The official death toll stands at 2,209 though many bodies were never identified and hundreds of the missing were never found. As everyone dreaded, disease followed in the wake of the flood and typhoid added 40 more lives to the 2,209 that died in the flood. … The cleanup operation took years, with bodies still being found months – and in some cases years – after the flood.2

Now you might think with this much loss of life the very first thing that would be done would be the appointment of a committee to find out exactly what caused the dam to fail, and what might be done to prevent future problems with similar structures.

Nope. Didn’t happen.

Oh, there was an official committee created, and it did issue a public report, but the focus was on relief to the victims, and not the causes of the disaster.3

Now don’t get me wrong: the fact that the Report of the Secretary of the Flood Relief Commission wasn’t reporting the results of a full investigation into who did what doesn’t mean this isn’t a genealogically valuable document. To the contrary, in its pages you’ll find:

• Names of local relief committee members in Renovo, Lock Haven District, Jersey Shore District, Williamsport District, Tioga County, Perry County District, Juniata County District, and Mifflin County District at pages 8-10.

• A list of the names and ages of known dead outside of Johnstown, some 78 people from Centre, Clinton, Clearfield, Cameron, Dauphin, Huntingdon, Indiana, Lycoming and Tioga Counties, at pages 12-13.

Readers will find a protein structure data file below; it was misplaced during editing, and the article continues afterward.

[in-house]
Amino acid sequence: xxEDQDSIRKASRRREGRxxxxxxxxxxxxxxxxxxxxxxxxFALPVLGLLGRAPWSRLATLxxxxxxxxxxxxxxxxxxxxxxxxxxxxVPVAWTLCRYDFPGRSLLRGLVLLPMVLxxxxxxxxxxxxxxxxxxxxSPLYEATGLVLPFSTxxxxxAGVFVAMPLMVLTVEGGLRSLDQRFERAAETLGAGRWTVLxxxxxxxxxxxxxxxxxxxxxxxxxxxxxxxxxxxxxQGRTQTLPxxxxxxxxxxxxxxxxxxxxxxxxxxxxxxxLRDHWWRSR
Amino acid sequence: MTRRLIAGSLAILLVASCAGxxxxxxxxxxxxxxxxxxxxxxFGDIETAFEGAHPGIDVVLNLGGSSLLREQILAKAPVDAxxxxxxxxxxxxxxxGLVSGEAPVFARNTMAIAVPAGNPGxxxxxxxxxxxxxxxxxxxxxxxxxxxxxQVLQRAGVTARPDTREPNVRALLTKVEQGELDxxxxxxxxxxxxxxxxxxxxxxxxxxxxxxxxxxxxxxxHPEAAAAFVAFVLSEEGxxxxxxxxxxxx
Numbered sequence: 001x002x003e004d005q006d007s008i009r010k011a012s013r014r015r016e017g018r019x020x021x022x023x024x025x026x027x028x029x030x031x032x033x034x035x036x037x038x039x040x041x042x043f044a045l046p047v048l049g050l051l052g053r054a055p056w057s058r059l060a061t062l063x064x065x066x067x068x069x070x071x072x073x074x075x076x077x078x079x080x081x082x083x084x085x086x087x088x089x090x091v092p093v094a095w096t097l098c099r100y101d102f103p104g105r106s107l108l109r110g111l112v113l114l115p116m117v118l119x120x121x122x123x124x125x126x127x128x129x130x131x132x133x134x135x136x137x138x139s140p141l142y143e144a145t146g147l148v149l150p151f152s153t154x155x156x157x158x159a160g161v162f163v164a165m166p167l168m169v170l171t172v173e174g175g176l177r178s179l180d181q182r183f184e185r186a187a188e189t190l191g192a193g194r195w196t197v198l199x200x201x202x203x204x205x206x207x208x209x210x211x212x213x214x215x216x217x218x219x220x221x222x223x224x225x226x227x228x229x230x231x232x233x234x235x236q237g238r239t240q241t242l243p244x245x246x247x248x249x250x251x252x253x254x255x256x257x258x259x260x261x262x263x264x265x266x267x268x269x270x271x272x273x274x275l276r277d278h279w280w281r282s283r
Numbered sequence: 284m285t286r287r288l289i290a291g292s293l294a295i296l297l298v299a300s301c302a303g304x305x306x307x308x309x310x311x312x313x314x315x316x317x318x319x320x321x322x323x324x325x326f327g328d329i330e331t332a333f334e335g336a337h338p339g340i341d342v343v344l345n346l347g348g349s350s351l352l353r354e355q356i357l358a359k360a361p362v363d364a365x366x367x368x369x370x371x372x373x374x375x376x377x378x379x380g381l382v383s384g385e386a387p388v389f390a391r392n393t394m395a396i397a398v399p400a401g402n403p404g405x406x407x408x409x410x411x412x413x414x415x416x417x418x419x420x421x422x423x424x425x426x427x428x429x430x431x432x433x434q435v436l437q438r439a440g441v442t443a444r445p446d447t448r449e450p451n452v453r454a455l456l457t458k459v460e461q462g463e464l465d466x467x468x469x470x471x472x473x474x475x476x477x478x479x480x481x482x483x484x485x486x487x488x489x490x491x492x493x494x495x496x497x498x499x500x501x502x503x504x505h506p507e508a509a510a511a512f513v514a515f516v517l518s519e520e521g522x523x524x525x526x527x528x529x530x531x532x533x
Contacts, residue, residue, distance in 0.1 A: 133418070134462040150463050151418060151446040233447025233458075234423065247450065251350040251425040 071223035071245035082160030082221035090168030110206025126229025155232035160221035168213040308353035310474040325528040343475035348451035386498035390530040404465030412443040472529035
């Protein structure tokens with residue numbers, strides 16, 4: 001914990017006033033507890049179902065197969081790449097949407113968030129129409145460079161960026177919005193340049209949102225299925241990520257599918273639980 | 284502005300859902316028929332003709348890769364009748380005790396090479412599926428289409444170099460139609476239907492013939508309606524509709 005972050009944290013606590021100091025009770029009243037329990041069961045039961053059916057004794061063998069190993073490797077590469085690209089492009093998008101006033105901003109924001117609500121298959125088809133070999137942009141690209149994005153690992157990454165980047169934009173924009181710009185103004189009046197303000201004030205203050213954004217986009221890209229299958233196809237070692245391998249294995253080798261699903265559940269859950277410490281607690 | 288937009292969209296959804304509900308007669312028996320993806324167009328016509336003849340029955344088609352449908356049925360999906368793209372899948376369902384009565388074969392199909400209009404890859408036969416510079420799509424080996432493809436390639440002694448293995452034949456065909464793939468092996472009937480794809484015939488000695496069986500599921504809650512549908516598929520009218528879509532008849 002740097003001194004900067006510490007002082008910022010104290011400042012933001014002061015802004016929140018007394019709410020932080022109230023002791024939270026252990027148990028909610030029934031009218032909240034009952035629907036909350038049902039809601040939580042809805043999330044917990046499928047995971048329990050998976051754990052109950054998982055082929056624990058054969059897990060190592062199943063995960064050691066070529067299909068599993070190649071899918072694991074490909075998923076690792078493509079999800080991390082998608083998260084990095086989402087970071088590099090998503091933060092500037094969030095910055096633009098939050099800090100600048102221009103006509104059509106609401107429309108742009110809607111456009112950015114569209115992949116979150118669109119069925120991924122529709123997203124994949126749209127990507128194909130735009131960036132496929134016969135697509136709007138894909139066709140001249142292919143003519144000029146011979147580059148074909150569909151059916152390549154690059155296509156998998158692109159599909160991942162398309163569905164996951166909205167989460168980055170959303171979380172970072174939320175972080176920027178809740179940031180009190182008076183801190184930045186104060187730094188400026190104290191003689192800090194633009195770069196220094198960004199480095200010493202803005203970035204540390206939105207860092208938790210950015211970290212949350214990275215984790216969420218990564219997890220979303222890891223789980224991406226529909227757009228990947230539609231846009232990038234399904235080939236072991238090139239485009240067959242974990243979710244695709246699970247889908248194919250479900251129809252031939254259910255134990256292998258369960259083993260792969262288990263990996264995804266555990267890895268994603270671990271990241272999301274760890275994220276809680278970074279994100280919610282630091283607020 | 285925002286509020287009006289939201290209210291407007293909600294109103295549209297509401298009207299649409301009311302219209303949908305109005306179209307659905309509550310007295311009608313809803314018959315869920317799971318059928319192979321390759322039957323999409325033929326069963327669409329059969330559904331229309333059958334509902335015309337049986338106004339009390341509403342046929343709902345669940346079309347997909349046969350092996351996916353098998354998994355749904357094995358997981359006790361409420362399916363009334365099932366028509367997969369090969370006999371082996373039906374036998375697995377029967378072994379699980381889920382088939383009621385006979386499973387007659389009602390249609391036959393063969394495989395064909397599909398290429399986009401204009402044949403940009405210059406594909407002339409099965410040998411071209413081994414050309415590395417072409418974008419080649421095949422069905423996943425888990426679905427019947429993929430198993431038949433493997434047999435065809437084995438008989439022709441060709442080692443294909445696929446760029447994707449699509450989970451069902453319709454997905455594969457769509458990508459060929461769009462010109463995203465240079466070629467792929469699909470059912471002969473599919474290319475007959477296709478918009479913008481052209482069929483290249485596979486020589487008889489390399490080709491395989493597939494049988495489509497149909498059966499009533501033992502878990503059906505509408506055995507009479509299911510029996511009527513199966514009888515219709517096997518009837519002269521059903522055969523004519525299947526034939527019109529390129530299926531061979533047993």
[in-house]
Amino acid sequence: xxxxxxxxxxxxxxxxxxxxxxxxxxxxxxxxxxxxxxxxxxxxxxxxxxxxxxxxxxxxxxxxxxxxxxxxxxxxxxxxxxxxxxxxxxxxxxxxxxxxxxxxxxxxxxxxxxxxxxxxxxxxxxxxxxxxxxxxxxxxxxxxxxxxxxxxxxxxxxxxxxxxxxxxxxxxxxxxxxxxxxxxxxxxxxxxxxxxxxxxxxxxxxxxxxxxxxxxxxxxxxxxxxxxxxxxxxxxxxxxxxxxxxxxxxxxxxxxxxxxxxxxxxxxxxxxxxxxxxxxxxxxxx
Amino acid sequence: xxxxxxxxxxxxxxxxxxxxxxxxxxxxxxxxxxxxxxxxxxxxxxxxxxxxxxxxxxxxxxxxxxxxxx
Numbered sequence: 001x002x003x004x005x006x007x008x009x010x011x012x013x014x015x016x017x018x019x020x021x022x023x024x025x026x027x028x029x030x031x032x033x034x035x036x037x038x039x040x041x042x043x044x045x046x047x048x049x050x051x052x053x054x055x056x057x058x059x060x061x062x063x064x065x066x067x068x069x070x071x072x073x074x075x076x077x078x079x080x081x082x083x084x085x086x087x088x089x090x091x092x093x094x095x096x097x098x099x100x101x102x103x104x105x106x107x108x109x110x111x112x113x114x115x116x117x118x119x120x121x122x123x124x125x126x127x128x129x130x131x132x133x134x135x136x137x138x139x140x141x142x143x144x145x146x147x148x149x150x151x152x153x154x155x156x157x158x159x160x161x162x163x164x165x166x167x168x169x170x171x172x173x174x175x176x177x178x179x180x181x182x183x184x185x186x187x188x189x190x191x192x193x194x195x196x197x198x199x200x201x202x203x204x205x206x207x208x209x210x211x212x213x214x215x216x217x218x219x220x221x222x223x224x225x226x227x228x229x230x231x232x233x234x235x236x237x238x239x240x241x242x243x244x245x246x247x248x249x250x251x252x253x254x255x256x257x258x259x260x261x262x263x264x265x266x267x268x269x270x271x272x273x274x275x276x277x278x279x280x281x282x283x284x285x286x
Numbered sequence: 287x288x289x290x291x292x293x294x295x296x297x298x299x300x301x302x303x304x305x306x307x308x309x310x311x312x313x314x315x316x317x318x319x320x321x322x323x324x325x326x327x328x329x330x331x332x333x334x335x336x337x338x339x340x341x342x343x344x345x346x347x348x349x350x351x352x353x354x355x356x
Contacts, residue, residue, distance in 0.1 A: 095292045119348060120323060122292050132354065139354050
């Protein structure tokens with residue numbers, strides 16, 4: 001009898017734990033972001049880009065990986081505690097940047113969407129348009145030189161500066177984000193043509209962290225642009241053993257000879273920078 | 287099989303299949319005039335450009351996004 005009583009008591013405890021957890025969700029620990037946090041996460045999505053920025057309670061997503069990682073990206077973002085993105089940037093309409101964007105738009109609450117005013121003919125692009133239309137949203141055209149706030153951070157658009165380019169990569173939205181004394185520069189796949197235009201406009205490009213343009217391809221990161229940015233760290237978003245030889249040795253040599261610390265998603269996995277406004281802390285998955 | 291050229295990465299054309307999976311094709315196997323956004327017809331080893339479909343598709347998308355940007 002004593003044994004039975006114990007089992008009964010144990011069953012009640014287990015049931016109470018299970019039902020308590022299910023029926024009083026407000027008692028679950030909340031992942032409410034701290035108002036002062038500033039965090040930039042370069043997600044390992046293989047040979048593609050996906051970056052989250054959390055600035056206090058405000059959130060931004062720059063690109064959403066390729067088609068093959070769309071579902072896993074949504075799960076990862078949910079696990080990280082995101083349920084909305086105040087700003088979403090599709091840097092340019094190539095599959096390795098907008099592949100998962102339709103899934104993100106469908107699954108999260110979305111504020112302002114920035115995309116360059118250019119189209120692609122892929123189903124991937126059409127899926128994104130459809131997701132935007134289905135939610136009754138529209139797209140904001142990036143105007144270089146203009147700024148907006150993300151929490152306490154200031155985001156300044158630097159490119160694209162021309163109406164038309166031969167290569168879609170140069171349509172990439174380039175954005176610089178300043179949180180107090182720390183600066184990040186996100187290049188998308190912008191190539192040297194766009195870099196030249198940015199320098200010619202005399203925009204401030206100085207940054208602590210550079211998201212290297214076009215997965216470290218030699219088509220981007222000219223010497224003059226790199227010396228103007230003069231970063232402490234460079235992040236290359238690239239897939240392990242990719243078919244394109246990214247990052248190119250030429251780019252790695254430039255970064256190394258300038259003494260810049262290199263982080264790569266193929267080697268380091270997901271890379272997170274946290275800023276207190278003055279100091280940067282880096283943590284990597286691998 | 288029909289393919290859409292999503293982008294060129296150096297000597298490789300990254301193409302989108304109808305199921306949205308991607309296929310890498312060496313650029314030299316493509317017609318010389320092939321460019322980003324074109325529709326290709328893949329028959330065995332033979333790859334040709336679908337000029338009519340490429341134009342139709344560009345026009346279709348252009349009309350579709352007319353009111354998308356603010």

• The names of the members of the Flood Relief Commission, on page 17.

• The names of the members of the Commission’s Finance Committee, on page 39.

• The names of the members of the Commission’s Board of Inquiry (a group chosen “for the purpose of securing a list of the sufferers and a knowledge of their several losses,” on page 40.

• The names of local committee members from 18 districts, chosen to assist the Board of Inquiry, on pages 40-41.

• The names of the local committee members from 18 districts, on pages 40-41.

• A list of contributions, and the names of those through whom the contributions came, at Appendix pages 3-36.

No, it’s not the same kind of an inquiry as the ones we focused on earlier this week.

But every official inquiry into any kind of public event is likely to create records we as genealogists can use.


Photo: Wikimedia Commons

  1. Judy G. Russell, “Inquiring into the inquiries,” The Legal Genealogist, posted 29 May 2018 ( : accessed 31 May 2018).
  2. The Johnstown Flood Story,” National Park Service, via Internet Archive Wayback Machine ( : accessed 31 May 2018).
  3. Report of the Secretary of the Flood Relief Commission… 1889 (Harrisburg: Meyers Printing & Publ. House, 1890); digital images, Google Books ( : accessed 30 May 2018).